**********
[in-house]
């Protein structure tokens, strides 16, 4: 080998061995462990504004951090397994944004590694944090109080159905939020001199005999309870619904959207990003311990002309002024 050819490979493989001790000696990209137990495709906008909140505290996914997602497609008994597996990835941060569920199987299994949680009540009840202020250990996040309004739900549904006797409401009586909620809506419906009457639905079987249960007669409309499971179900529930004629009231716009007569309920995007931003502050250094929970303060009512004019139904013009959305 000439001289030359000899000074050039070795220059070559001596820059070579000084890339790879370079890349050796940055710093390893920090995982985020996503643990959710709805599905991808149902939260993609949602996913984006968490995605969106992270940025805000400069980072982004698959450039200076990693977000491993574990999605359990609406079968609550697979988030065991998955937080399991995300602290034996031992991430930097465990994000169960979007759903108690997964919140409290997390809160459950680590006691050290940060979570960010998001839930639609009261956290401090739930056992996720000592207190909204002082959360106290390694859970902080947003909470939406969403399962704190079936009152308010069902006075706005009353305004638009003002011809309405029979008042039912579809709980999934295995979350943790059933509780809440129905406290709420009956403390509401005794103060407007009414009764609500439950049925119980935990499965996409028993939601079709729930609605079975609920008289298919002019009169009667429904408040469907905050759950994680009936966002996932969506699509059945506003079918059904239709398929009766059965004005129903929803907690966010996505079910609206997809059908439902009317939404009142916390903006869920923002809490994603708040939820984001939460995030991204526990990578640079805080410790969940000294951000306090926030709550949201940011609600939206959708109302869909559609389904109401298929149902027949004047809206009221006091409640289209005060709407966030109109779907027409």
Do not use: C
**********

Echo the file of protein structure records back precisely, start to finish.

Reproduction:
[in-house]
């Protein structure tokens, strides 16, 4: 080998061995462990504004951090397994944004590694944090109080159905939020001199005999309870619904959207990003311990002309002024 050819490979493989001790000696990209137990495709906008909140505290996914997602497609008994597996990835941060569920199987299994949680009540009840202020250990996040309004739900549904006797409401009586909620809506419906009457639905079987249960007669409309499971179900529930004629009231716009007569309920995007931003502050250094929970303060009512004019139904013009959305 000439001289030359000899000074050039070795220059070559001596820059070579000084890339790879370079890349050796940055710093390893920090995982985020996503643990959710709805599905991808149902939260993609949602996913984006968490995605969106992270940025805000400069980072982004698959450039200076990693977000491993574990999605359990609406079968609550697979988030065991998955937080399991995300602290034996031992991430930097465990994000169960979007759903108690997964919140409290997390809160459950680590006691050290940060979570960010998001839930639609009261956290401090739930056992996720000592207190909204002082959360106290390694859970902080947003909470939406969403399962704190079936009152308010069902006075706005009353305004638009003002011809309405029979008042039912579809709980999934295995979350943790059933509780809440129905406290709420009956403390509401005794103060407007009414009764609500439950049925119980935990499965996409028993939601079709729930609605079975609920008289298919002019009169009667429904408040469907905050759950994680009936966002996932969506699509059945506003079918059904239709398929009766059965004005129903929803907690966010996505079910609206997809059908439902009317939404009142916390903006869920923002809490994603708040939820984001939460995030991204526990990578640079805080410790969940000294951000306090926030709550949201940011609600939206959708109302869909559609389904109401298929149902027949004047809206009221006091409640289209005060709407966030109109779907027409």
Do not use: C